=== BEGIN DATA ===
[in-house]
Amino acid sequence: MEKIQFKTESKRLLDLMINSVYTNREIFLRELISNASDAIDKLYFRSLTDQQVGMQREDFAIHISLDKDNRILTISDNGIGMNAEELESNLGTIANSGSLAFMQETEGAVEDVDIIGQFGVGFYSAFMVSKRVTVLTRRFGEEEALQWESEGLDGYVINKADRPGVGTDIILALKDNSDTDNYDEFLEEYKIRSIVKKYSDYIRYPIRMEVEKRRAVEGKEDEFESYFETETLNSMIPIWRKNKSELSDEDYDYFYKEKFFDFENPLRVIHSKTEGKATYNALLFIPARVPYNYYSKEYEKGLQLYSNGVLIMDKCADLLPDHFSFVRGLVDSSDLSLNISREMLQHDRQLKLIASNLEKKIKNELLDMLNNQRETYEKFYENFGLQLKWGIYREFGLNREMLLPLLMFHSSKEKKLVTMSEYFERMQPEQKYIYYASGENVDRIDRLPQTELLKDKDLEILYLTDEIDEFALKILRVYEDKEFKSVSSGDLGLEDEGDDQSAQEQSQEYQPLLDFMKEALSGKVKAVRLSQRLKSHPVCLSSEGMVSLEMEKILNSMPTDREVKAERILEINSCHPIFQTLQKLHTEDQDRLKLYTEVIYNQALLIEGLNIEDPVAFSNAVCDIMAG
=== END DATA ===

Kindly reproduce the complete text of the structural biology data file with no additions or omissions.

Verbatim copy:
[in-house]
Amino acid sequence: MEKIQFKTESKRLLDLMINSVYTNREIFLRELISNASDAIDKLYFRSLTDQQVGMQREDFAIHISLDKDNRILTISDNGIGMNAEELESNLGTIANSGSLAFMQETEGAVEDVDIIGQFGVGFYSAFMVSKRVTVLTRRFGEEEALQWESEGLDGYVINKADRPGVGTDIILALKDNSDTDNYDEFLEEYKIRSIVKKYSDYIRYPIRMEVEKRRAVEGKEDEFESYFETETLNSMIPIWRKNKSELSDEDYDYFYKEKFFDFENPLRVIHSKTEGKATYNALLFIPARVPYNYYSKEYEKGLQLYSNGVLIMDKCADLLPDHFSFVRGLVDSSDLSLNISREMLQHDRQLKLIASNLEKKIKNELLDMLNNQRETYEKFYENFGLQLKWGIYREFGLNREMLLPLLMFHSSKEKKLVTMSEYFERMQPEQKYIYYASGENVDRIDRLPQTELLKDKDLEILYLTDEIDEFALKILRVYEDKEFKSVSSGDLGLEDEGDDQSAQEQSQEYQPLLDFMKEALSGKVKAVRLSQRLKSHPVCLSSEGMVSLEMEKILNSMPTDREVKAERILEINSCHPIFQTLQKLHTEDQDRLKLYTEVIYNQALLIEGLNIEDPVAFSNAVCDIMAG